It seems everyone agrees that the FCC needs to simplify its spectrum screen, but there's a big division on exactly how that should be done. Such was the case in a spate of comments filed with the FCC this past week.

AT&T and Verizon Wireless come down on the "light touch" side of things, while T-Mobile and Sprint argue in comments submitted to the Commission this week that spectrum below 1 GHz should be weighted differently than airwaves above that mark.

Verizon asked the Commission to reject calls for a secondary screen or a cap on spectrum below 1 GHz, saying such rules fail to take into account the capacity and other benefits of spectrum above 1 GHz. Verizon argues that higher and lower bands have a wide range of advantages and disadvantages that depend on a carrier’s desired coverage area, anticipated traffic levels and device choices.

T-Mobile USA claims Verizon's statements are disingenuous, arguing that spectrum below 1 GHz, which is often referred to as "beachfront property," is widely understood to have propagation characteristics that make it particularly valuable.

"Those characteristics allow for better coverage inside buildings and across larger geographic areas and provide higher spectral efficiency over a given area than higher-band spectrum," T-Mobile stated in comments. "As a result, systems in lower-band spectrum are able to provide the same geographic coverage at a lower cost, making spectrum below 1 GHz more valuable from a competitive standpoint than spectrum above 1 GHz."

T-Mobile said this discrepancy warrants a separate Commission evaluation of holdings below 1 GHz in auctions and transactions.

T-Mobile referenced a Qualcomm study that it said demonstrates that it costs more than three times as much to construct a mobile wireless network using spectrum above 2 GHz as it does to construct a network using 700 MHz spectrum because of the difference in the number of base stations required.

In a separate filing, Sprint Nextel offered that a number of factors have led to an uneven spectrum landscape across the wireless industry.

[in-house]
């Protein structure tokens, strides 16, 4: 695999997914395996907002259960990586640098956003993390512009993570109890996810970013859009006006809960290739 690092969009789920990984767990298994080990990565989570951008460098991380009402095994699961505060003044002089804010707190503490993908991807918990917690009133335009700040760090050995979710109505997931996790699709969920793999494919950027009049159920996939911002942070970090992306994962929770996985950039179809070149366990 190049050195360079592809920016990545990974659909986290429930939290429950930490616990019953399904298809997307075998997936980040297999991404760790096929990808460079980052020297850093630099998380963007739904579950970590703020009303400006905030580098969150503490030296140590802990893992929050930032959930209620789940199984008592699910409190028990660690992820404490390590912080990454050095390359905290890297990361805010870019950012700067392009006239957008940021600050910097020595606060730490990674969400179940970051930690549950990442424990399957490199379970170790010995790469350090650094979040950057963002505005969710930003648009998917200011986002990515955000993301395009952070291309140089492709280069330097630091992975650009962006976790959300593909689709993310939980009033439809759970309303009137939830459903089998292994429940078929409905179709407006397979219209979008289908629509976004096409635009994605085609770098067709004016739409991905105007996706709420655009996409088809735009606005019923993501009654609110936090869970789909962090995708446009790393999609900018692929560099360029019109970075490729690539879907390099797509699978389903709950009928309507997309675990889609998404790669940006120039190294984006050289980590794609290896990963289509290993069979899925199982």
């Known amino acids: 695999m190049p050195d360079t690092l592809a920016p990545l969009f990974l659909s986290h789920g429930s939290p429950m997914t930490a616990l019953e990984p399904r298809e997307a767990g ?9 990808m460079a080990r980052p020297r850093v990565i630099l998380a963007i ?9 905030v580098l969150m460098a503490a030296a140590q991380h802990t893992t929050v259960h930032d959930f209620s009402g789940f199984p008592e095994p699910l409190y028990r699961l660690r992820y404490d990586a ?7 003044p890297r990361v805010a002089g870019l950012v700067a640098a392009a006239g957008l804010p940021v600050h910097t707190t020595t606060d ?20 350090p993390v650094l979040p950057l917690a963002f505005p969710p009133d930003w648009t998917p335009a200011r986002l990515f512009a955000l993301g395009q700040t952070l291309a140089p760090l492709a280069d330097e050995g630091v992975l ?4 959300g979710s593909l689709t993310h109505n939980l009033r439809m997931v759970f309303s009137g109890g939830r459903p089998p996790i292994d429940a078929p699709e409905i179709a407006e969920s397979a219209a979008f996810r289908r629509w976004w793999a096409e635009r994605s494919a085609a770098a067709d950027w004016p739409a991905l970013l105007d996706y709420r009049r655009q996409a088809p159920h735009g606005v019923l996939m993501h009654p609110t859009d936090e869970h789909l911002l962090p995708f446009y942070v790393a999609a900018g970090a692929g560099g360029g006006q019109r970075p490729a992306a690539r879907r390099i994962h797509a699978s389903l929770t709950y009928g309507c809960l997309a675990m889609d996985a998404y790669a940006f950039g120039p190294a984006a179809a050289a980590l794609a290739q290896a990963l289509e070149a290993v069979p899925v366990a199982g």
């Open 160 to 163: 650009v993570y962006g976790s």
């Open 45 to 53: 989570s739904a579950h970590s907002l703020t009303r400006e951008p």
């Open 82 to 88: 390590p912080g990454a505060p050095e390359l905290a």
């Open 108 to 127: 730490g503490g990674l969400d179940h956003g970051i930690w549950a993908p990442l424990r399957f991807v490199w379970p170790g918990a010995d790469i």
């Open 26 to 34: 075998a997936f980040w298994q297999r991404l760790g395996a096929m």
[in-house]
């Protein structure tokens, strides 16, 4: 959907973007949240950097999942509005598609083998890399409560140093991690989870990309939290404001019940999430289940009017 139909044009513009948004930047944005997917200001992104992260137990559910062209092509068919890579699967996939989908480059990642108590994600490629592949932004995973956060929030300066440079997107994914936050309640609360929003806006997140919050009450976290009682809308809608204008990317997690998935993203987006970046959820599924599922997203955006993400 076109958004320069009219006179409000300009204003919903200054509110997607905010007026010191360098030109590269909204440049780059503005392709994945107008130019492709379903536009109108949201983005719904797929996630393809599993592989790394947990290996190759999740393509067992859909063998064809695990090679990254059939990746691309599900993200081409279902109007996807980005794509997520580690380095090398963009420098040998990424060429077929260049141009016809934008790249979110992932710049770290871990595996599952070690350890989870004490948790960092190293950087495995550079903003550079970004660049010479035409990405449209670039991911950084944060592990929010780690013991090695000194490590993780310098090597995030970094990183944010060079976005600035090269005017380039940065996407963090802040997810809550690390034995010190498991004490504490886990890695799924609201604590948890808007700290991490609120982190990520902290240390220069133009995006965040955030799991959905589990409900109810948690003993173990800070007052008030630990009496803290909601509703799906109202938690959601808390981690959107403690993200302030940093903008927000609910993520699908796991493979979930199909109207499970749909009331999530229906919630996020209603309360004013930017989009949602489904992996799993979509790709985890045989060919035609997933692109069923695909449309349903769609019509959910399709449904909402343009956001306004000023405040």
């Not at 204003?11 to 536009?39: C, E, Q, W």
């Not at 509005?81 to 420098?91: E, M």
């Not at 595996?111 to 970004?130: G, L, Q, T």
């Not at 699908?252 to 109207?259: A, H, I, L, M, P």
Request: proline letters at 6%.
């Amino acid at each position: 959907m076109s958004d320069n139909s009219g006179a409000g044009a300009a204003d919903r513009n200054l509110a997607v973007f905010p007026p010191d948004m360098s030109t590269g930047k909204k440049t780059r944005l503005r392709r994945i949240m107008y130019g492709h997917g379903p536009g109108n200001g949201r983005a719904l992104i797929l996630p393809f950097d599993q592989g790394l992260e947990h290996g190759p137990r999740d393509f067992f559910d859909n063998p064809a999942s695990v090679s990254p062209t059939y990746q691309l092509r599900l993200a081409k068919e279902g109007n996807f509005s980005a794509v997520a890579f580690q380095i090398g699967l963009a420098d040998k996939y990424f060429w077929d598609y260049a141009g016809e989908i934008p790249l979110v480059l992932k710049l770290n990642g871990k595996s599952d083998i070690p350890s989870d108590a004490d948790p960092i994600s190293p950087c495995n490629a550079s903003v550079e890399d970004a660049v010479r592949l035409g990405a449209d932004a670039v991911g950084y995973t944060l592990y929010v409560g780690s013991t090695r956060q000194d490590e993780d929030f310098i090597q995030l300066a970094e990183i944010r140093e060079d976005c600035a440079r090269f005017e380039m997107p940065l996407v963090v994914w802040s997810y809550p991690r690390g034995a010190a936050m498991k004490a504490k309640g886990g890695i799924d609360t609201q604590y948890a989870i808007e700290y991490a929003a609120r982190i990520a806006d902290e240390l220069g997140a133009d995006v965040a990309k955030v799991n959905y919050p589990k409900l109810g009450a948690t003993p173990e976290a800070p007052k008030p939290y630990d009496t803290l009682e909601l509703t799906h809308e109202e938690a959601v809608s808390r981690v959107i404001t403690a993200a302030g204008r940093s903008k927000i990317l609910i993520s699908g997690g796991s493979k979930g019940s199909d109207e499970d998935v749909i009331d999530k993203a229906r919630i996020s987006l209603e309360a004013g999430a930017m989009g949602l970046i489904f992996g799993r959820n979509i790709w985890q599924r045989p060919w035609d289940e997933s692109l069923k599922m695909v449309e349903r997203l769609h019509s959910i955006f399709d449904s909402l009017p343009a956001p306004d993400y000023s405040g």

Sprint cited the partial reallocation and reconfiguration of the 2.5 GHz band for commercial wireless use, the 800 MHz Band Reconfiguration Order, and, most recently, the Commission’s reallocation of the 2 GHz MSS spectrum to primary terrestrial broadband use to have dramatically changed the way carriers view the value, utility and desirability of commercial spectrum bands.

Sprint stressed the competitive advantages of spectrum below 1 GHz, saying that the Commission’s current spectrum screen has not prevented AT&T and Verizon from controlling the dominant share of sub-1 GHz spectrum, “including more than 85 percent in the top 10 U.S. markets.”

AT&T wasn’t having these arguments any more than Verizon. The carrier’s Joan Marsh, vice president of federal regulatory, argues in a policy blog that Sprint/Clearwire “controls double the spectrum of any other carrier.”

Marsh suggests Sprint and Clearwire talk out of both sides of their mouths, pitching their 2.5 GHz spectrum as valuable spectrum to investors but then arguing to the FCC that it should not include that same spectrum in its screen.

“Indeed, Sprint has made quite clear that it is buying the rest of Clearwire ‘to maximize the value of Clearwire’s 2.5 GHz spectrum and use it to increase Sprint’s network capacity.’” Marsh wrote. “These are inconvenient facts for Sprint and Clearwire, which they blithely ignore in their comments.”

As for T-Mobile, AT&T thinks it’s lobbying for an unfair advantage in future auctions.

“T-Mobile, which chose to sit out the Commission’s 700 MHz auction entirely and to forego low-band secondary market spectrum opportunities, now wants the Commission to adopt spectrum rules designed to guarantee its ability to catch up on the cheap,” Marsh wrote.

Consumer advocacy group Public Knowledge submitted that spectrum should be differently weighted by the Commission for its value, saying an effective spectrum screen would detect when a carrier's regional spectrum holdings would give it an advantage that would harm competition, but also be flexible enough to let carriers manage their spectrum portfolios to the greatest extent possible.

“Weighting spectrum will reflect the costs of deployment and equipment operation at a particularly frequency, so the Commission will better understand the value of the spectrum,” Public Knowledge suggested.